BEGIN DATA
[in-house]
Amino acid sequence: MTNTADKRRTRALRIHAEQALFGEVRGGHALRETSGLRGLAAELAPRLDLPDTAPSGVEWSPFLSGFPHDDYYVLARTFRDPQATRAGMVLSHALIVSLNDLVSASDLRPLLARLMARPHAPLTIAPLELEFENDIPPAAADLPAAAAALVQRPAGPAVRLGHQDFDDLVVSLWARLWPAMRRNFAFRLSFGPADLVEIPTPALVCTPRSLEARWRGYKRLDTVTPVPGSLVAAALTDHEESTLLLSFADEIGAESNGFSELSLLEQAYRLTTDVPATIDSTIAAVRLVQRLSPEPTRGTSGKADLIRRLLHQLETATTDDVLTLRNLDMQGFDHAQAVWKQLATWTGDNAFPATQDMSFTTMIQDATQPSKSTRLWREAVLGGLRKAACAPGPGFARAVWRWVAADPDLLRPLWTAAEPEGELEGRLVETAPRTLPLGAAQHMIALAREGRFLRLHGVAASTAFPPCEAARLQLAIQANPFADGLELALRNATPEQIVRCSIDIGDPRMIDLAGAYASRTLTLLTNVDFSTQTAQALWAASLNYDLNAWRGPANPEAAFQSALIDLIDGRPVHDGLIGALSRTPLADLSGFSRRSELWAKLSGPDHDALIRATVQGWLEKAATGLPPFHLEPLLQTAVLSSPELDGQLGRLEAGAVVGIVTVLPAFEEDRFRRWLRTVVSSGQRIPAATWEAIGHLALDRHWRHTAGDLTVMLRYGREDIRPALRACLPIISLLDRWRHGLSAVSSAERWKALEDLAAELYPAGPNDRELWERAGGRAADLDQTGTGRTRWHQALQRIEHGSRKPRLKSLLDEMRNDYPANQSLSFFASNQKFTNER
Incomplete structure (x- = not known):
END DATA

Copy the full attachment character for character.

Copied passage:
[in-house]
Amino acid sequence: MTNTADKRRTRALRIHAEQALFGEVRGGHALRETSGLRGLAAELAPRLDLPDTAPSGVEWSPFLSGFPHDDYYVLARTFRDPQATRAGMVLSHALIVSLNDLVSASDLRPLLARLMARPHAPLTIAPLELEFENDIPPAAADLPAAAAALVQRPAGPAVRLGHQDFDDLVVSLWARLWPAMRRNFAFRLSFGPADLVEIPTPALVCTPRSLEARWRGYKRLDTVTPVPGSLVAAALTDHEESTLLLSFADEIGAESNGFSELSLLEQAYRLTTDVPATIDSTIAAVRLVQRLSPEPTRGTSGKADLIRRLLHQLETATTDDVLTLRNLDMQGFDHAQAVWKQLATWTGDNAFPATQDMSFTTMIQDATQPSKSTRLWREAVLGGLRKAACAPGPGFARAVWRWVAADPDLLRPLWTAAEPEGELEGRLVETAPRTLPLGAAQHMIALAREGRFLRLHGVAASTAFPPCEAARLQLAIQANPFADGLELALRNATPEQIVRCSIDIGDPRMIDLAGAYASRTLTLLTNVDFSTQTAQALWAASLNYDLNAWRGPANPEAAFQSALIDLIDGRPVHDGLIGALSRTPLADLSGFSRRSELWAKLSGPDHDALIRATVQGWLEKAATGLPPFHLEPLLQTAVLSSPELDGQLGRLEAGAVVGIVTVLPAFEEDRFRRWLRTVVSSGQRIPAATWEAIGHLALDRHWRHTAGDLTVMLRYGREDIRPALRACLPIISLLDRWRHGLSAVSSAERWKALEDLAAELYPAGPNDRELWERAGGRAADLDQTGTGRTRWHQALQRIEHGSRKPRLKSLLDEMRNDYPANQSLSFFASNQKFTNER
Incomplete structure (x- = not known):